The killing of the Greek immigrant occurred in a three-family house at 92-25 Gettysburg St., just blocks from the 105th Precinct. Police said nothing had been stolen and there were no signs of forced entry.
As of Tuesday, no arrests had been made, police said.
George Rigos' roommate, identified by neighbors as Vasilios Spiliopoulos, was brought in for questioning, police said. Spiliopoulos was out of town on the night of the murder and his alibi checked out, according to the authorities.
When Rigos failed to show up at the East Star Silver Spoon Restaurant on First Avenue and 71st Street in Manhattan at 5:30 a.m. on New Year's Day, his son Louis, 47, went to his father's apartment.
He found his father dead in his bedroom, stabbed twice in the chest.
Louis Rigos said that the appearance of his father's bedroom indicated a struggle.
"It was not what you'd expect from an elderly man with a heart condition," he said. "He fought to keep his life."
Louis Rigos helped his father run the restaurant.
"He was kind of like a silent icon for the family," Louis Rigos said, describing how his father would only speak when he felt he had something meaningful to say, such as encouragement for his many family members. "He was a passionate, quiet, humble man. He never showed anger nor did he judge people," he said.
The elder Rigos apparently spent Dec. 31 just like every other Wednesday that marked a typical day off from the Manhattan diner that he owned.
"In all the years I knew my father, I never saw him celebrate New Year's Eve," Louis Rigos said.
While his neighbors prepared to ring in the new year, George Rigos had some of his 21 grandchildren over to his apartment near 92nd Avenue and Gettysburg Street, as he often did.
Neighbors said they never noticed any problems between George Rigos and his roommate. It was not known why Rigos, the father of seven, took a roommate or how the two men initially met.
Louis Rigos, citing the ongoing police investigation, declined to comment on the arrangement between Spiliopoulos and his father, who rented the top floor of a two-story brick house.
Neighbors said the two men had very different schedules, and while none knew much about Spiliopoulos, they all said George Rigos was a friendly man.
"George was a good person. You could tell by his demeanor," said Angela Echevarria, 31, who lives on the first floor of the house and called paramedics when Louis Rigos banged on her door the morning of New Year's Day. "It's left all of us in the house in shock," she said.
On New Year's Eve, Echevarria arrived home at 6 p.m. and celebrated by putting on some music, which she said she and her husband did not play too loudly. They went to bed at 2 a.m. and heard nothing that night. "In this house if you sneeze too loud, the next-door neighbor hears it," she said. "Whoever did this knows him. There is no possible way you could get through that door."
A funeral for Rigos was held Monday at St. Demetrios Greek Orthodox Church in Jamaica.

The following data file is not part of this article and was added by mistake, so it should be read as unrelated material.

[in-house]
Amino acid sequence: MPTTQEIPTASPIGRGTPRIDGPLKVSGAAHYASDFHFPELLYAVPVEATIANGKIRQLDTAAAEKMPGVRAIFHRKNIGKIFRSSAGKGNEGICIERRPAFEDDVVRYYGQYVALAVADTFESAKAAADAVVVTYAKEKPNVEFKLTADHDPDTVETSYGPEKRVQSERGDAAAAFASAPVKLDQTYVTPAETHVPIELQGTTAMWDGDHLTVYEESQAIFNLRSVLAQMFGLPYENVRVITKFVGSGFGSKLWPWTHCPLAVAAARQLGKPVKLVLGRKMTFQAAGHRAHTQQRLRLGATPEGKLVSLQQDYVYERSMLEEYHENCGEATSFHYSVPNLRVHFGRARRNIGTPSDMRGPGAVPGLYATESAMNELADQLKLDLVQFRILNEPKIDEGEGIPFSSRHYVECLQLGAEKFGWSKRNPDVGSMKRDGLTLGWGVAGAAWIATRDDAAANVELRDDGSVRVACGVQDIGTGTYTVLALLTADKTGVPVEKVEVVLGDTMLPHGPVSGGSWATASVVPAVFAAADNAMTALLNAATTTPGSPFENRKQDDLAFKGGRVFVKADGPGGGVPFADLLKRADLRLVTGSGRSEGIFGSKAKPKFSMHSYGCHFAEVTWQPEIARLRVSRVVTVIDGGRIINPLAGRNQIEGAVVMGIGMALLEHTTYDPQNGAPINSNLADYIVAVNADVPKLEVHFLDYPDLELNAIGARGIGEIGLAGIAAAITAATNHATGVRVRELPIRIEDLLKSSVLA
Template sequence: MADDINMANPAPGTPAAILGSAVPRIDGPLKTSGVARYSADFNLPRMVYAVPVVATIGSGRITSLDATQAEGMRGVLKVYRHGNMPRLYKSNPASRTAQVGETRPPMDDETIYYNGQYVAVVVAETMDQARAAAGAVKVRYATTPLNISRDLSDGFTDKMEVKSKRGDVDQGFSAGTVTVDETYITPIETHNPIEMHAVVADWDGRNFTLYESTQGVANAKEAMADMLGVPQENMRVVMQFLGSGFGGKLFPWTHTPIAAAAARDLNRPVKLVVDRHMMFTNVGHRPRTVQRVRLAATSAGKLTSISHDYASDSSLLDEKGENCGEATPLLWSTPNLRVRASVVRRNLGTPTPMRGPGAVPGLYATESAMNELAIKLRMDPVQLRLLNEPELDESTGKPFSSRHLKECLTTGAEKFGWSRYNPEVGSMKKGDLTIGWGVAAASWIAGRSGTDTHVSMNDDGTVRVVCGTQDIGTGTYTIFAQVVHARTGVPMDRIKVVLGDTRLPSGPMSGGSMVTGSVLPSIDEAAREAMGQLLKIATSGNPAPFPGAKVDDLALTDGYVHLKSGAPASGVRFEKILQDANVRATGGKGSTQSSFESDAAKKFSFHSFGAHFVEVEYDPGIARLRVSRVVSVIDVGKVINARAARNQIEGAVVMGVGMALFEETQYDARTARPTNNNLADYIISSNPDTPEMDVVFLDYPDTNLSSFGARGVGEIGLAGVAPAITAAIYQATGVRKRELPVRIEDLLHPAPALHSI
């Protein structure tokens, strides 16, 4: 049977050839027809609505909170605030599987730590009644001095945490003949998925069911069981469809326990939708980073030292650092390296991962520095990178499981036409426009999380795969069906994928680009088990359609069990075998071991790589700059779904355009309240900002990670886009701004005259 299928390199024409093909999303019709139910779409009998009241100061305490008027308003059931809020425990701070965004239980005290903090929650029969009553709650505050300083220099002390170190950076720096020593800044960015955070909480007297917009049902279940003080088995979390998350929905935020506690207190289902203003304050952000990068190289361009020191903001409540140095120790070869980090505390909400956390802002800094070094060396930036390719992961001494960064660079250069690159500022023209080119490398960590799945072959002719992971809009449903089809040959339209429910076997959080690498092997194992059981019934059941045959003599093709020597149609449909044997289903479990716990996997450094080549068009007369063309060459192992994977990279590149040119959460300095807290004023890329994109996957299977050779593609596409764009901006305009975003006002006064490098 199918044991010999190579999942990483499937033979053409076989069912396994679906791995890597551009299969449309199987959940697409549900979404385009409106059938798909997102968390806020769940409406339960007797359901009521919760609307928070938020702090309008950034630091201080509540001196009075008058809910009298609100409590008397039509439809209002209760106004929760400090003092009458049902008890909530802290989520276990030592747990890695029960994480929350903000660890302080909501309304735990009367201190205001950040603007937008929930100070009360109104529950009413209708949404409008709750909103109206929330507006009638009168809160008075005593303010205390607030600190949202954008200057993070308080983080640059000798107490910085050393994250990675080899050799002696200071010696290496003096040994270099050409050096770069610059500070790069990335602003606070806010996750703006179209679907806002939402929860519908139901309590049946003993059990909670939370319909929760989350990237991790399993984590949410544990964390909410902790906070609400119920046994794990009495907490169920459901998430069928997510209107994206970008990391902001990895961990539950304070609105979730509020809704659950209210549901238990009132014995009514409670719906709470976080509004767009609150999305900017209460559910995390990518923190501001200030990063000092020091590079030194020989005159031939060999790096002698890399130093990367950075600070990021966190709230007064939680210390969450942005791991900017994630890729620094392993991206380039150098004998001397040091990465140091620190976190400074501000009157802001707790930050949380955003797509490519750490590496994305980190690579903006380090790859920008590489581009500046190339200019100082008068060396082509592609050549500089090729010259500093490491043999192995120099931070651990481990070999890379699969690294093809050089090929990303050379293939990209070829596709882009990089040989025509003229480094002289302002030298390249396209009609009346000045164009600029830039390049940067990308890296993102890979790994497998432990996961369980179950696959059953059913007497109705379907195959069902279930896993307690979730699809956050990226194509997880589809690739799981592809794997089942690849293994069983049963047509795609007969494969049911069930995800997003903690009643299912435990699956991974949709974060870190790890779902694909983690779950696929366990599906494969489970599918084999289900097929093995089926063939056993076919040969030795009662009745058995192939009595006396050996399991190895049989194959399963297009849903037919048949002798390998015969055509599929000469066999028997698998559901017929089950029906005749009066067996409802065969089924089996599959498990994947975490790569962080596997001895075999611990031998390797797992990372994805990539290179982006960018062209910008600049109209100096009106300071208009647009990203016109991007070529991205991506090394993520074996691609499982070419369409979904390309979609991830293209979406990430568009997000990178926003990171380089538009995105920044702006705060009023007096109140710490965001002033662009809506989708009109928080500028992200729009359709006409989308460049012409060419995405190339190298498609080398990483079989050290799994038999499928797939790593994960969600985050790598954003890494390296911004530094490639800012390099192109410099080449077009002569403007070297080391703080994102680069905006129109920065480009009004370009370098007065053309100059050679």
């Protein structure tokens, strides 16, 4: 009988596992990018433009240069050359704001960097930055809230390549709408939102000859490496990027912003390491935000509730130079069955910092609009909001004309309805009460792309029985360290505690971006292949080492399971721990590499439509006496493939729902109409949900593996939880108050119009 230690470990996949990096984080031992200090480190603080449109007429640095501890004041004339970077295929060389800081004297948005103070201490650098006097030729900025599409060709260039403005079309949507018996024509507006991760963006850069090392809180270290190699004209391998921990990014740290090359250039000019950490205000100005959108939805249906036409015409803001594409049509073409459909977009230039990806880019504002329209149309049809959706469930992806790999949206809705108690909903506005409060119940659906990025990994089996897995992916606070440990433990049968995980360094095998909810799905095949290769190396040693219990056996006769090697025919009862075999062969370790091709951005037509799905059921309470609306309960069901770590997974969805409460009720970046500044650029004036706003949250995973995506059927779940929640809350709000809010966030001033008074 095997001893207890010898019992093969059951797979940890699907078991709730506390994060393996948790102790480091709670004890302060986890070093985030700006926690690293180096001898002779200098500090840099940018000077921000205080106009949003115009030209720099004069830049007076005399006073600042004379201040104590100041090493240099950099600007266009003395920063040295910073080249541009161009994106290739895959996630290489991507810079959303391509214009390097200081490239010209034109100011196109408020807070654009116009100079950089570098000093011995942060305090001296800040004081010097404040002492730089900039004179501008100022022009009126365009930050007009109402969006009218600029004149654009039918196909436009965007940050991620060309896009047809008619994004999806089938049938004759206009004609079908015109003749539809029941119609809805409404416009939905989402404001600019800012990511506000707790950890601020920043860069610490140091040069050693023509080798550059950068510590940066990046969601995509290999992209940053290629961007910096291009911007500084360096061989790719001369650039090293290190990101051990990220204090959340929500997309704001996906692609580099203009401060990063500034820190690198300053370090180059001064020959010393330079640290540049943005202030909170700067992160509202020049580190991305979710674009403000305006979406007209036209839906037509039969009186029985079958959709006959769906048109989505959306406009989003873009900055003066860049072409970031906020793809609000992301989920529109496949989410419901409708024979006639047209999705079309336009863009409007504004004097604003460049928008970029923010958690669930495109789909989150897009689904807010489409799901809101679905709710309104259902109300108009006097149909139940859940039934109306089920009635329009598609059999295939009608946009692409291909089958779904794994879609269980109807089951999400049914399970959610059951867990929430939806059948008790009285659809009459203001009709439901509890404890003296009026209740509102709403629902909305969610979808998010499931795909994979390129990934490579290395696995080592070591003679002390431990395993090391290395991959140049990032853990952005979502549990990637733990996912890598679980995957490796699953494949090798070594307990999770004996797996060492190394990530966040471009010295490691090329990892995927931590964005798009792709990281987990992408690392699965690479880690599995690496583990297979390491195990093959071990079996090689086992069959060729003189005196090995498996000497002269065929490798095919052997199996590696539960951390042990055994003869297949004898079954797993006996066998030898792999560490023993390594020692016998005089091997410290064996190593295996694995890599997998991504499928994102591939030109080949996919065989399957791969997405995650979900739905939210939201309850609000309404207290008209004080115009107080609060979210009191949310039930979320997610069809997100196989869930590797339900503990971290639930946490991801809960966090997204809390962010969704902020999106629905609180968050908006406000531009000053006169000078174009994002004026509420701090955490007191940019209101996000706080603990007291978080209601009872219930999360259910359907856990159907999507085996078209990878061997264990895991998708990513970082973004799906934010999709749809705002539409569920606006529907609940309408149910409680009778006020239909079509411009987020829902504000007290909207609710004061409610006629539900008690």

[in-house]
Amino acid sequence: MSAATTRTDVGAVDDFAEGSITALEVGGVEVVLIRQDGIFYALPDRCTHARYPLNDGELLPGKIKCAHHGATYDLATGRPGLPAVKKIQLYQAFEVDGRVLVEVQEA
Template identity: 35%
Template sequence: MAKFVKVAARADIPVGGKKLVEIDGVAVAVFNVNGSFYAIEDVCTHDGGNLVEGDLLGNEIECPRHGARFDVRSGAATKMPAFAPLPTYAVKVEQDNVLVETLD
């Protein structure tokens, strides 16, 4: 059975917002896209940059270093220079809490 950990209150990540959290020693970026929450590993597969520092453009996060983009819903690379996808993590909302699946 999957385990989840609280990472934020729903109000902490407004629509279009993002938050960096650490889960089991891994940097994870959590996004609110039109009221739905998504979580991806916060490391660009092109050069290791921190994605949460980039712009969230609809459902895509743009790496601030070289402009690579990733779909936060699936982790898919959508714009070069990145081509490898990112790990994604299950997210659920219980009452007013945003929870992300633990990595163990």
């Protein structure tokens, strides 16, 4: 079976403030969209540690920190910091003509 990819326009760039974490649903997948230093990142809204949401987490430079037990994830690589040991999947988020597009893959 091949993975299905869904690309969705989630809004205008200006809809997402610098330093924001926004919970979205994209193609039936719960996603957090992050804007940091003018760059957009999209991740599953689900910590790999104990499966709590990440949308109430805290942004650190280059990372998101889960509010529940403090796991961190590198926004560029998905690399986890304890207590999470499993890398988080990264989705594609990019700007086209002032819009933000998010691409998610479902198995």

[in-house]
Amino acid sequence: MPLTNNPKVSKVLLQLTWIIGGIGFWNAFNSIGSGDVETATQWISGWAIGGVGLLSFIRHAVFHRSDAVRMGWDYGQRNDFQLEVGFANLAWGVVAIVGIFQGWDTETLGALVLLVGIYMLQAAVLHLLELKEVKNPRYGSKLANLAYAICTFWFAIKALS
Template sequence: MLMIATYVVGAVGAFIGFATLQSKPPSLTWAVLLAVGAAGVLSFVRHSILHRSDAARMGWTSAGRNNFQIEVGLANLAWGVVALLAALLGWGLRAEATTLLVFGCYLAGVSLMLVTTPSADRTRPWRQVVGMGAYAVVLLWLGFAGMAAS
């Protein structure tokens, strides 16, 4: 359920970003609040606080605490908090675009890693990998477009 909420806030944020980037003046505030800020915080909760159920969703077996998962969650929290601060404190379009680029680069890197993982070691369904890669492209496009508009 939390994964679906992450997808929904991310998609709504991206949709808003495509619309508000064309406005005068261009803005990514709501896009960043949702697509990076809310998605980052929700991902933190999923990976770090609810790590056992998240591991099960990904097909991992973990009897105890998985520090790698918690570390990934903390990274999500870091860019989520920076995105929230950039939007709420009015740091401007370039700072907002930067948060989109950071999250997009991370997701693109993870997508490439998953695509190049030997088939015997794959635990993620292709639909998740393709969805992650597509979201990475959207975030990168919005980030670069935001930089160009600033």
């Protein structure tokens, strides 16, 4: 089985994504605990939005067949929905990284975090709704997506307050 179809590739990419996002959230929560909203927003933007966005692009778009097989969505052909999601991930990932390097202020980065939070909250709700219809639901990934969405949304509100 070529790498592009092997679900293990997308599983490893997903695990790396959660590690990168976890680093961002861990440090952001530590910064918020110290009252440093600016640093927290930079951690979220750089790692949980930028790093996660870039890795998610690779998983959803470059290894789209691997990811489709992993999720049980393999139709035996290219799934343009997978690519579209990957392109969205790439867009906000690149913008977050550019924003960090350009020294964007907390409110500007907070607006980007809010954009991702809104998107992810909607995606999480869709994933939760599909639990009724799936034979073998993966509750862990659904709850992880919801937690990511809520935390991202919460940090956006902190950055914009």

Police Friday were trying to determine how the murderer managed to get into the house. As a team from the police's Emergency Services Unit lifted off nearby sewer grates in a fruitless search for a murder weapon, two detectives working on the case spoke with neighbors.
They paused to talk with one of George Rigos' daughters, who declined to speak with reporters. Before leaving, she laid a bouquet of flowers at the outside stairwell and lit a candle.
An immigrant from Greece, George Rigos had four sons, three daughters. Louis Rigos said his father became a widower in 1973 and that all of the remaining family lives in a five- to 10-mile radius around George Rigos' apartment, where he had lived for eight or nine years.
"His priority was his grandkids," Louis Rigos said. "He couldn't educate us the way he wanted, but he wanted to educate his grandkids. That's why he kept this place," he said, referring to the diner.
George Rigos became involved in the diner business after working at a concession stand at the Queens World's Fair in 1964. It was there that he got the idea to create a diner with food from around the world and to change the traditional boxcar style of diner by adding tables and booths.
"My father was one of the innovators of the modern diner," Louis Rigos said. After opening his Omega Diner in New Hyde Park in 1968, George Rigos started diners for other owners before buying the East Star in 1996.
Despite his success, George Rigos continued to live in his modest apartment in Bellerose, which neighbors said is usually a relatively quiet area of Queens.
"This is a good neighborhood," said Scott Wagner, 21, a college student home for the holidays who has lived across the street since he was 3. "Not much happens here. It's a good block."
Reach reporter Michael Morton by e-mail at news@times
©2004 Community News Group
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